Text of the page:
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How can I view in less from the first instance of some arbitrary string "foo" to the last instance?

This arbitrary string will be on most every line of the log. I don't want to do grep "foo" bar.log | less because it won't be on each line that's relevant.

Let's say the file is

1 Random junk I don't want to see
2 Care about (foo)
3 Care about (foo)
4 Care about
5 Care about (foo)
6 Other random junk I don't want to see

Unfortunately the lines I want to ignore do not follow a nice pattern, otherwise I could use just grep -v 'insert pattern here'.

I am wondering how to get the following into less somehow,

2 Care about (foo)
3 Care about (foo)
4 Care about
5 Care about (foo)

grep "foo" bar.log | less will not work because it ignores line 4, which is one I care about.

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  • you say "don't want to grep" but you tagged sed and grep; are you opposed to calling sed before less?
    – Jeff Schaller
    Mar 17, 2016 at 15:23
  • So you want an interactive grep, one where you only get shown one result at a time and you can switch between them?
    – phk
    Mar 17, 2016 at 15:28
  • @Jeff I don't mind at all, I just tagged with grep and sed because they seemed like the tools that would be able to do this. Mar 17, 2016 at 15:31
  • This has been asked before more than once - here's just an example: How can I “grep” patterns across multiple lines? so in your case pcregrep -M 'foo.*(\n|.)*foo' infile Mar 17, 2016 at 15:32
  • @phk no, that's not what I meant, I've updated with an example. Mar 17, 2016 at 15:33

3 Answers 3

4

If you have awk you can do:

awk '/foo/{print b$0;b="";x=1;next} x{b=b$0"\n"}' bar.log | less

When a foo appears, it prints buffer (b variable) and current line, and clears the buffer.

Otherwise, but only if foo already appeared (x variable) it buffers current line.

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  • Both this and @Stephane 's solution work. How do these stop on the last foo? Mar 17, 2016 at 16:36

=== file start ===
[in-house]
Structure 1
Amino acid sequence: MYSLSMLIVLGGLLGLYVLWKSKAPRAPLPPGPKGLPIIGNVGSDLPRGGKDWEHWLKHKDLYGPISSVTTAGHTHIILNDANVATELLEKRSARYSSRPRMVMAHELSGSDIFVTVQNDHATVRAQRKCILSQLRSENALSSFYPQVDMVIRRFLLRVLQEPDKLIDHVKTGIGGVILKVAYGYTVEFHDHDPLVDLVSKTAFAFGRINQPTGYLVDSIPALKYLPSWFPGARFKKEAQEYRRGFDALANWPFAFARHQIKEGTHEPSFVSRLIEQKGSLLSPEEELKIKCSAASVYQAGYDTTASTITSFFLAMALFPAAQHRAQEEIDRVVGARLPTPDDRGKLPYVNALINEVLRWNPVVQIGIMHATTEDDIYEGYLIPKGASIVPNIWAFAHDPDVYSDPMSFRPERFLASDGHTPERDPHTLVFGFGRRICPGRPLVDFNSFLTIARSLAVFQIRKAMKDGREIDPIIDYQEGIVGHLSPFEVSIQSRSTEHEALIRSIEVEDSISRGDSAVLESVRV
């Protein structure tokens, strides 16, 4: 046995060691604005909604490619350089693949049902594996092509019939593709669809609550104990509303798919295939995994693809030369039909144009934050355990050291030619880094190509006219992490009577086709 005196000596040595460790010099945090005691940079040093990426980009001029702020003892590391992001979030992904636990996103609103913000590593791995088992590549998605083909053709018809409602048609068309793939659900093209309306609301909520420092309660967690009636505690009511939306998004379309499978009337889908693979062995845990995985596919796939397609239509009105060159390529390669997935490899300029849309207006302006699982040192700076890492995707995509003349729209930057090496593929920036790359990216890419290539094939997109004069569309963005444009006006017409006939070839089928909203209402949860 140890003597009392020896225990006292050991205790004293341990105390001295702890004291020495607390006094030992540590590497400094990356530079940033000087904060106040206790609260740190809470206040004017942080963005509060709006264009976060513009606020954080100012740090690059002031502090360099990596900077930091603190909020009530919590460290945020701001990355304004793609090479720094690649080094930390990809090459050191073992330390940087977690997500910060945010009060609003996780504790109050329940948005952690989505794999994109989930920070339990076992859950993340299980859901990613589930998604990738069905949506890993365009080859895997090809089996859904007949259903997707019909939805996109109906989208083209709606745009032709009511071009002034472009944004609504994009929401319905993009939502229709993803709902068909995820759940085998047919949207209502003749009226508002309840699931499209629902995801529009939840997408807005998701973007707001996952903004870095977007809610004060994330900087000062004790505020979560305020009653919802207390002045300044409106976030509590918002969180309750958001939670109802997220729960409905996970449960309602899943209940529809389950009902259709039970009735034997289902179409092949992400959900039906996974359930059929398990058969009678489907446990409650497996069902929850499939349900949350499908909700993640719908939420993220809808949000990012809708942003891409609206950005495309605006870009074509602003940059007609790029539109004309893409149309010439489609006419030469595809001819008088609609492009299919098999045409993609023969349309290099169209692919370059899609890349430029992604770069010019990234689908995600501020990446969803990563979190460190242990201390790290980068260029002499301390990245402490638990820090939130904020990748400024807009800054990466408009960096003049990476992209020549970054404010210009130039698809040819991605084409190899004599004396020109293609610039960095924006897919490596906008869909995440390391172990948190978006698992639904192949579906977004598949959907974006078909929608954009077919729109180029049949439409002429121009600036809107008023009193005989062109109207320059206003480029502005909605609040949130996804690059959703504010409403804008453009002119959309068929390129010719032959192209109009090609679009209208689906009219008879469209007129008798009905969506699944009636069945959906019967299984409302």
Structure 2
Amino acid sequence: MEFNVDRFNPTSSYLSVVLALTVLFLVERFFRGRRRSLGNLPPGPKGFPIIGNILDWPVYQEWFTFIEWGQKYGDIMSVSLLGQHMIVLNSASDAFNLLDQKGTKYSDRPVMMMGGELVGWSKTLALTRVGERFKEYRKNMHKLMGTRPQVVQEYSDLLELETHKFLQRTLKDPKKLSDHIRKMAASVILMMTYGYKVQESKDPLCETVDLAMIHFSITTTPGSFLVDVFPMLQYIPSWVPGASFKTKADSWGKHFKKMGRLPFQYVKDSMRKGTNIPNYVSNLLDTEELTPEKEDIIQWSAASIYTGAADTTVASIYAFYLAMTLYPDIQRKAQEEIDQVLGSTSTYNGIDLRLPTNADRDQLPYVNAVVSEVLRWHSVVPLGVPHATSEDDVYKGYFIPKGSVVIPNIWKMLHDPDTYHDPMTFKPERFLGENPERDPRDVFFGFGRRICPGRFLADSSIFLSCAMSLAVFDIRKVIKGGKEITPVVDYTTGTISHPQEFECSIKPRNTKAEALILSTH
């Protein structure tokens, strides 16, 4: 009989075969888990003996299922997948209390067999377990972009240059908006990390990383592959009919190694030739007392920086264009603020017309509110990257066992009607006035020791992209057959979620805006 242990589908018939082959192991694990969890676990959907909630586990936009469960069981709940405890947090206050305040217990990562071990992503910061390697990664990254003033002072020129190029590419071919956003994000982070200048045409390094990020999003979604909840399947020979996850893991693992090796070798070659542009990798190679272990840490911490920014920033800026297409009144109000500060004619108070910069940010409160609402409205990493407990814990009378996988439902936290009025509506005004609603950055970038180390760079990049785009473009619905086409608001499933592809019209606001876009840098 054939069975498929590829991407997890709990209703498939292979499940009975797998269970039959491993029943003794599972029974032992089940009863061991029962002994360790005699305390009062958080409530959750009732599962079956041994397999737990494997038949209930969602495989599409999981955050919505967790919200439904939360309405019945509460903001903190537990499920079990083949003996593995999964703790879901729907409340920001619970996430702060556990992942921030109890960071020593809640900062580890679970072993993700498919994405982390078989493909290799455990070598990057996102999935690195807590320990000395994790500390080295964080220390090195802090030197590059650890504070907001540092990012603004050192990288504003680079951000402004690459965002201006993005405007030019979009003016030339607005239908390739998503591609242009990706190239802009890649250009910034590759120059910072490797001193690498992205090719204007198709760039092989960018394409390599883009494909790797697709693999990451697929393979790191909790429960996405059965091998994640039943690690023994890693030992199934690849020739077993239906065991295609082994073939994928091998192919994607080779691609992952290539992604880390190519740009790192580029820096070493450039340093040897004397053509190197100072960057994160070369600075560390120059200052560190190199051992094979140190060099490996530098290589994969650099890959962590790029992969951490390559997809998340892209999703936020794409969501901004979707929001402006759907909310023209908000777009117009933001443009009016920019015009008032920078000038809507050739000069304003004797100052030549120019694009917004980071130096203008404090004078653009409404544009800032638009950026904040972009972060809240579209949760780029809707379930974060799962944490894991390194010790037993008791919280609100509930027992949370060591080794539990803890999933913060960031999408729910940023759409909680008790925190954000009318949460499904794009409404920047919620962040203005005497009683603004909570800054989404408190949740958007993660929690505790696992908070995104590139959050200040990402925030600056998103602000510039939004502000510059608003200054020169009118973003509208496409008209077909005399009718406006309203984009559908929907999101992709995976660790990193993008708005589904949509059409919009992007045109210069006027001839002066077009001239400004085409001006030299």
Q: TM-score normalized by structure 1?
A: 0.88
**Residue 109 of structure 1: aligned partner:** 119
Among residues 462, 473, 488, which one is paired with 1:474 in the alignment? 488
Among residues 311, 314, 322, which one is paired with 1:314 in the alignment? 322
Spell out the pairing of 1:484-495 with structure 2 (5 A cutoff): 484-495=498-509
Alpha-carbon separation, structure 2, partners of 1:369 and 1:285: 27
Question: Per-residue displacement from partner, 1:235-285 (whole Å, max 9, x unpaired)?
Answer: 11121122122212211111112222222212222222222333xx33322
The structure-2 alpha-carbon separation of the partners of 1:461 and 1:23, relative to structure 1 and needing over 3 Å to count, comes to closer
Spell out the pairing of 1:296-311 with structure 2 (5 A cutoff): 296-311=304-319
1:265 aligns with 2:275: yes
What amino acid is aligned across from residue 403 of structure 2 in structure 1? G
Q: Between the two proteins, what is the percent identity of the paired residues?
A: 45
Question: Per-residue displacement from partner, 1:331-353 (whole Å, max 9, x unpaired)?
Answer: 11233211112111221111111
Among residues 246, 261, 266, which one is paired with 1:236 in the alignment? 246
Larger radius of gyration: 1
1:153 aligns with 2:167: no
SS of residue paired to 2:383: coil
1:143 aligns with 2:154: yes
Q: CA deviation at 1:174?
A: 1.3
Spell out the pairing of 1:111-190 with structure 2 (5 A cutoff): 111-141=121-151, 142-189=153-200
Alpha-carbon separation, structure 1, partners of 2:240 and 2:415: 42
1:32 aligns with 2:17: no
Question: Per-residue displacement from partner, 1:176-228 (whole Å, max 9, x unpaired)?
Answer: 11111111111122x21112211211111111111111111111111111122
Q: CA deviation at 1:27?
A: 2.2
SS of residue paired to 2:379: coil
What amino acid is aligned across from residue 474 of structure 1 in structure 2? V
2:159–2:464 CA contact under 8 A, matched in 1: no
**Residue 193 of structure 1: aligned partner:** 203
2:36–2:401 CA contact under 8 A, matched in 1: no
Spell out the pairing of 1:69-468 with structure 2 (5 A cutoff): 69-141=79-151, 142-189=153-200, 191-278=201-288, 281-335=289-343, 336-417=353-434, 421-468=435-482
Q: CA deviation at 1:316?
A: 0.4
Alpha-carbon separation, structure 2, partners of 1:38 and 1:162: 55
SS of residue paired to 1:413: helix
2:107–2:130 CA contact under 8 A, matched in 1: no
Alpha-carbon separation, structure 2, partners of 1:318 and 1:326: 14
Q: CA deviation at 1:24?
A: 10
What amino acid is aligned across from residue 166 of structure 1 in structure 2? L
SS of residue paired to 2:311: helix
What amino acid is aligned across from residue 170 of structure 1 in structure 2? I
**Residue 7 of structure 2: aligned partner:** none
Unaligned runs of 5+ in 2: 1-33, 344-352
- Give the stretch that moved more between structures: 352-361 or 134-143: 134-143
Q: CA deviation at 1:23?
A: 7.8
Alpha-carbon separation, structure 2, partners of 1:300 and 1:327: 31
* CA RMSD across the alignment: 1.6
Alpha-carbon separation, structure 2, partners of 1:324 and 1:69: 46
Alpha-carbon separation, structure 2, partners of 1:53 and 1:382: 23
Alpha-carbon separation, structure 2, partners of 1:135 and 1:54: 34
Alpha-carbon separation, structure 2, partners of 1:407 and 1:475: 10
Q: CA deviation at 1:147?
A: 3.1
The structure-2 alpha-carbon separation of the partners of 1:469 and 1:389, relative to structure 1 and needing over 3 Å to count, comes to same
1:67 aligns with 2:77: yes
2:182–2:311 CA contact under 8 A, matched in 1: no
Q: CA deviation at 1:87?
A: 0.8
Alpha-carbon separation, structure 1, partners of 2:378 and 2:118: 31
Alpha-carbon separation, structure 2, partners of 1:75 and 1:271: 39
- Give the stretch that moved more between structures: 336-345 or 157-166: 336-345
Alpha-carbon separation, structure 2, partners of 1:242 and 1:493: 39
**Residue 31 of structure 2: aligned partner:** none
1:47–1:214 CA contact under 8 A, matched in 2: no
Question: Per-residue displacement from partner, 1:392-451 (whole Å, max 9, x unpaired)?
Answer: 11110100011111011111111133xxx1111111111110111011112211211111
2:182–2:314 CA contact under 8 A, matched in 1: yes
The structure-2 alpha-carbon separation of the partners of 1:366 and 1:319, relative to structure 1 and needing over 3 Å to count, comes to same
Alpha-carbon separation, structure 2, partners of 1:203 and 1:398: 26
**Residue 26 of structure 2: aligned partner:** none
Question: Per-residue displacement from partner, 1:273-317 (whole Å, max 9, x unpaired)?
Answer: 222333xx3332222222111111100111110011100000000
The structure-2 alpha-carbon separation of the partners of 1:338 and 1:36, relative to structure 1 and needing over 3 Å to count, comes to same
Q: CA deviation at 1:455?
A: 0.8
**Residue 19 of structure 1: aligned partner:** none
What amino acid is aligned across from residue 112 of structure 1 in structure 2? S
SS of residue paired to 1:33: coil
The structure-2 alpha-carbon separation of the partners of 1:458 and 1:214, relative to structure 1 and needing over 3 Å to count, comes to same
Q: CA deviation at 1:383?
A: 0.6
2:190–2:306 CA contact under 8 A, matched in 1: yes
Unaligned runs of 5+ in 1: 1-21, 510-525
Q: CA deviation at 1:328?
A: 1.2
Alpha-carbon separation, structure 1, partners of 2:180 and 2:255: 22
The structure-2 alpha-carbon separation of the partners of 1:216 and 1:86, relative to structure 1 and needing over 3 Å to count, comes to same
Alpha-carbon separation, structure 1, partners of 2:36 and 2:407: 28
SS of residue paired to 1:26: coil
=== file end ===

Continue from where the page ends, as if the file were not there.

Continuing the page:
• 1
    @CaptainMan only when foo appears, the lines since last foo are printed.
    – mik
    Mar 17, 2016 at 16:43
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It takes some careful shell quoting, but you could use the scriptable editor ed for this:

printf '%s\n' "/foo/ka" "??" "'a,.w "'!less' q | ed -s file

This sends four commands to ed:

  1. /foo/ka -- searches (from the beginning of the file) for the pattern foo; at that first match, set a mark named a.
  2. ?? -- repeat the search, but going backwards, wrapping around the end of the file; the important byproduct here is that it sets the current line to that (last) match.
  3. 'a,.w !less -- from the mark named a through the current line (.), write those lines to the shell command (!) less.
  4. q -- quit ed.

You'll need to exit less gracefully (q) in order for ed to exit. This solution assumes that the pattern exists at least once in the file, otherwise the searches will fail and you'll get three ?'s before ed exits.

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Are you looking to use grep to exclude matching lines, rather than include them? If so, try: grep -v "Don't care about"

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  • Unfortunately not all the lines I want to skip have a nice pattern. I made them all say that in the question to make it a little more clear what I asking for. In reality this is about getting the "subsection" of the logs for a specific transaction. Many (but not all) of the lines relevant have the transaction's ID. Some log messages span multiple lines. That's why I wanted to get everything between the first and last instead of just reversing the filter. I will update the question to make this more obvious. Oct 29, 2019 at 18:50

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